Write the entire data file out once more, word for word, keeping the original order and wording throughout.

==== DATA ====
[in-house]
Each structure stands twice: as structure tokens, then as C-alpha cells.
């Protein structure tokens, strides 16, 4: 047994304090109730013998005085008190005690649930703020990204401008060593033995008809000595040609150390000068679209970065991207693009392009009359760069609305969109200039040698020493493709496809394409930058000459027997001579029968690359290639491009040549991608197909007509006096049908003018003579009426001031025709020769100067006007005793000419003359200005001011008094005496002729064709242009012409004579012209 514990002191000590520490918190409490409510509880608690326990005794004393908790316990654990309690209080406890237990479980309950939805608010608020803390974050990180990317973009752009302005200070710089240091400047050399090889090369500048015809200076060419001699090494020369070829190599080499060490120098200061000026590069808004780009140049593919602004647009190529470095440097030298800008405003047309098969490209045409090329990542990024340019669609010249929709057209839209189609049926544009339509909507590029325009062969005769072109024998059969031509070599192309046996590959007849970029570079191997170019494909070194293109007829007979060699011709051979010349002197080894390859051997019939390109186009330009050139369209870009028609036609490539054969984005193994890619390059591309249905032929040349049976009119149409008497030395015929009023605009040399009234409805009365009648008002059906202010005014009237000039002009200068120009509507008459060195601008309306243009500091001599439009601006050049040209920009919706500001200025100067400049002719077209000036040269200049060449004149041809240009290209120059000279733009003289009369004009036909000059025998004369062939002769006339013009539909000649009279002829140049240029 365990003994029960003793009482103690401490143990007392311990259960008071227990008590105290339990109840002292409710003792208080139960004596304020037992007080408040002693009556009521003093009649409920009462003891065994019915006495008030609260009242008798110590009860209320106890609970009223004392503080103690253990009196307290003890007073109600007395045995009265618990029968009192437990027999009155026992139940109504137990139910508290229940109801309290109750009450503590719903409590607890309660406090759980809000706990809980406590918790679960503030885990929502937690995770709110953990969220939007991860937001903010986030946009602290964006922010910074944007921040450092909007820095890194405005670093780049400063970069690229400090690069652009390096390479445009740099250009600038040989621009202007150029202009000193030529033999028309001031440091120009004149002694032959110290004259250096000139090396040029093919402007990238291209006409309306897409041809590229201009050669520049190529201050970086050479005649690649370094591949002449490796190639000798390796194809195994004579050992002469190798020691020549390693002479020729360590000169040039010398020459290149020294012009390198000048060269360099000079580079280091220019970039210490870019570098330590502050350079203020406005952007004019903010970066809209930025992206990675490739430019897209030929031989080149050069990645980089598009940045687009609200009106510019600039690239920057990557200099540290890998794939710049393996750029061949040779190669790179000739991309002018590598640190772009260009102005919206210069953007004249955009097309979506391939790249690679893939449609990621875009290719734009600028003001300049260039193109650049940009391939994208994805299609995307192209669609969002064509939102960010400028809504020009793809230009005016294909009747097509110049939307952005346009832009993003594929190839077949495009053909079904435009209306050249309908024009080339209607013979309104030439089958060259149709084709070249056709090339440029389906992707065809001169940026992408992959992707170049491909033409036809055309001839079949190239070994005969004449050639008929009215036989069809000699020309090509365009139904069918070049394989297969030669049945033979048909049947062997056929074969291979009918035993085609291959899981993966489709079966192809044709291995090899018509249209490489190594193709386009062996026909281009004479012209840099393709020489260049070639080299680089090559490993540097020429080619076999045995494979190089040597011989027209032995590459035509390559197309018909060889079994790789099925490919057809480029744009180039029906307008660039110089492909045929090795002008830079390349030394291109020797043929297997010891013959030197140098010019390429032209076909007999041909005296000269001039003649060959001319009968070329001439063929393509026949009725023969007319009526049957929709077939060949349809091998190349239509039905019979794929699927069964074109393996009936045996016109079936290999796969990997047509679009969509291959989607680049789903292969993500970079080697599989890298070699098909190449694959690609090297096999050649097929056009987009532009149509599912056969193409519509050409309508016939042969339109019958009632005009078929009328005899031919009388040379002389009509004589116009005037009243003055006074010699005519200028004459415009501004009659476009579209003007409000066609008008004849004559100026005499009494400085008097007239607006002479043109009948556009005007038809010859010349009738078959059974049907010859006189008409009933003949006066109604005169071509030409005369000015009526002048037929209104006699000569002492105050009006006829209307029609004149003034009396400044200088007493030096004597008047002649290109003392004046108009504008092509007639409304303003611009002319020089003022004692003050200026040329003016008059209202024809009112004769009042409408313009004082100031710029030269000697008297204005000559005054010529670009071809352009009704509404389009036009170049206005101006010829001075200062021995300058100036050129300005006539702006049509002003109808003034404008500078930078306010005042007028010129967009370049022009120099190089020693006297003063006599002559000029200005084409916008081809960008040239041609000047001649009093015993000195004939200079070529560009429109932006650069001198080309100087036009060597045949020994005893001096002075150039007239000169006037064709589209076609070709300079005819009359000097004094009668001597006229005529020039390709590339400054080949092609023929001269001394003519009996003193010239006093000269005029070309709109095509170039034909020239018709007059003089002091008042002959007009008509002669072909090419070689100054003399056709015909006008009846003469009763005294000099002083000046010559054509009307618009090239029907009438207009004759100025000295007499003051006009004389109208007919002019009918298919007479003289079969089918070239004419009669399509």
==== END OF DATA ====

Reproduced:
[in-house]
Each structure stands twice: as structure tokens, then as C-alpha cells.
């Protein structure tokens, strides 16, 4: 047994304090109730013998005085008190005690649930703020990204401008060593033995008809000595040609150390000068679209970065991207693009392009009359760069609305969109200039040698020493493709496809394409930058000459027997001579029968690359290639491009040549991608197909007509006096049908003018003579009426001031025709020769100067006007005793000419003359200005001011008094005496002729064709242009012409004579012209 514990002191000590520490918190409490409510509880608690326990005794004393908790316990654990309690209080406890237990479980309950939805608010608020803390974050990180990317973009752009302005200070710089240091400047050399090889090369500048015809200076060419001699090494020369070829190599080499060490120098200061000026590069808004780009140049593919602004647009190529470095440097030298800008405003047309098969490209045409090329990542990024340019669609010249929709057209839209189609049926544009339509909507590029325009062969005769072109024998059969031509070599192309046996590959007849970029570079191997170019494909070194293109007829007979060699011709051979010349002197080894390859051997019939390109186009330009050139369209870009028609036609490539054969984005193994890619390059591309249905032929040349049976009119149409008497030395015929009023605009040399009234409805009365009648008002059906202010005014009237000039002009200068120009509507008459060195601008309306243009500091001599439009601006050049040209920009919706500001200025100067400049002719077209000036040269200049060449004149041809240009290209120059000279733009003289009369004009036909000059025998004369062939002769006339013009539909000649009279002829140049240029 365990003994029960003793009482103690401490143990007392311990259960008071227990008590105290339990109840002292409710003792208080139960004596304020037992007080408040002693009556009521003093009649409920009462003891065994019915006495008030609260009242008798110590009860209320106890609970009223004392503080103690253990009196307290003890007073109600007395045995009265618990029968009192437990027999009155026992139940109504137990139910508290229940109801309290109750009450503590719903409590607890309660406090759980809000706990809980406590918790679960503030885990929502937690995770709110953990969220939007991860937001903010986030946009602290964006922010910074944007921040450092909007820095890194405005670093780049400063970069690229400090690069652009390096390479445009740099250009600038040989621009202007150029202009000193030529033999028309001031440091120009004149002694032959110290004259250096000139090396040029093919402007990238291209006409309306897409041809590229201009050669520049190529201050970086050479005649690649370094591949002449490796190639000798390796194809195994004579050992002469190798020691020549390693002479020729360590000169040039010398020459290149020294012009390198000048060269360099000079580079280091220019970039210490870019570098330590502050350079203020406005952007004019903010970066809209930025992206990675490739430019897209030929031989080149050069990645980089598009940045687009609200009106510019600039690239920057990557200099540290890998794939710049393996750029061949040779190669790179000739991309002018590598640190772009260009102005919206210069953007004249955009097309979506391939790249690679893939449609990621875009290719734009600028003001300049260039193109650049940009391939994208994805299609995307192209669609969002064509939102960010400028809504020009793809230009005016294909009747097509110049939307952005346009832009993003594929190839077949495009053909079904435009209306050249309908024009080339209607013979309104030439089958060259149709084709070249056709090339440029389906992707065809001169940026992408992959992707170049491909033409036809055309001839079949190239070994005969004449050639008929009215036989069809000699020309090509365009139904069918070049394989297969030669049945033979048909049947062997056929074969291979009918035993085609291959899981993966489709079966192809044709291995090899018509249209490489190594193709386009062996026909281009004479012209840099393709020489260049070639080299680089090559490993540097020429080619076999045995494979190089040597011989027209032995590459035509390559197309018909060889079994790789099925490919057809480029744009180039029906307008660039110089492909045929090795002008830079390349030394291109020797043929297997010891013959030197140098010019390429032209076909007999041909005296000269001039003649060959001319009968070329001439063929393509026949009725023969007319009526049957929709077939060949349809091998190349239509039905019979794929699927069964074109393996009936045996016109079936290999796969990997047509679009969509291959989607680049789903292969993500970079080697599989890298070699098909190449694959690609090297096999050649097929056009987009532009149509599912056969193409519509050409309508016939042969339109019958009632005009078929009328005899031919009388040379002389009509004589116009005037009243003055006074010699005519200028004459415009501004009659476009579209003007409000066609008008004849004559100026005499009494400085008097007239607006002479043109009948556009005007038809010859010349009738078959059974049907010859006189008409009933003949006066109604005169071509030409005369000015009526002048037929209104006699000569002492105050009006006829209307029609004149003034009396400044200088007493030096004597008047002649290109003392004046108009504008092509007639409304303003611009002319020089003022004692003050200026040329003016008059209202024809009112004769009042409408313009004082100031710029030269000697008297204005000559005054010529670009071809352009009704509404389009036009170049206005101006010829001075200062021995300058100036050129300005006539702006049509002003109808003034404008500078930078306010005042007028010129967009370049022009120099190089020693006297003063006599002559000029200005084409916008081809960008040239041609000047001649009093015993000195004939200079070529560009429109932006650069001198080309100087036009060597045949020994005893001096002075150039007239000169006037064709589209076609070709300079005819009359000097004094009668001597006229005529020039390709590339400054080949092609023929001269001394003519009996003193010239006093000269005029070309709109095509170039034909020239018709007059003089002091008042002959007009008509002669072909090419070689100054003399056709015909006008009846003469009763005294000099002083000046010559054509009307618009090239029907009438207009004759100025000295007499003051006009004389109208007919002019009918298919007479003289079969089918070239004419009669399509």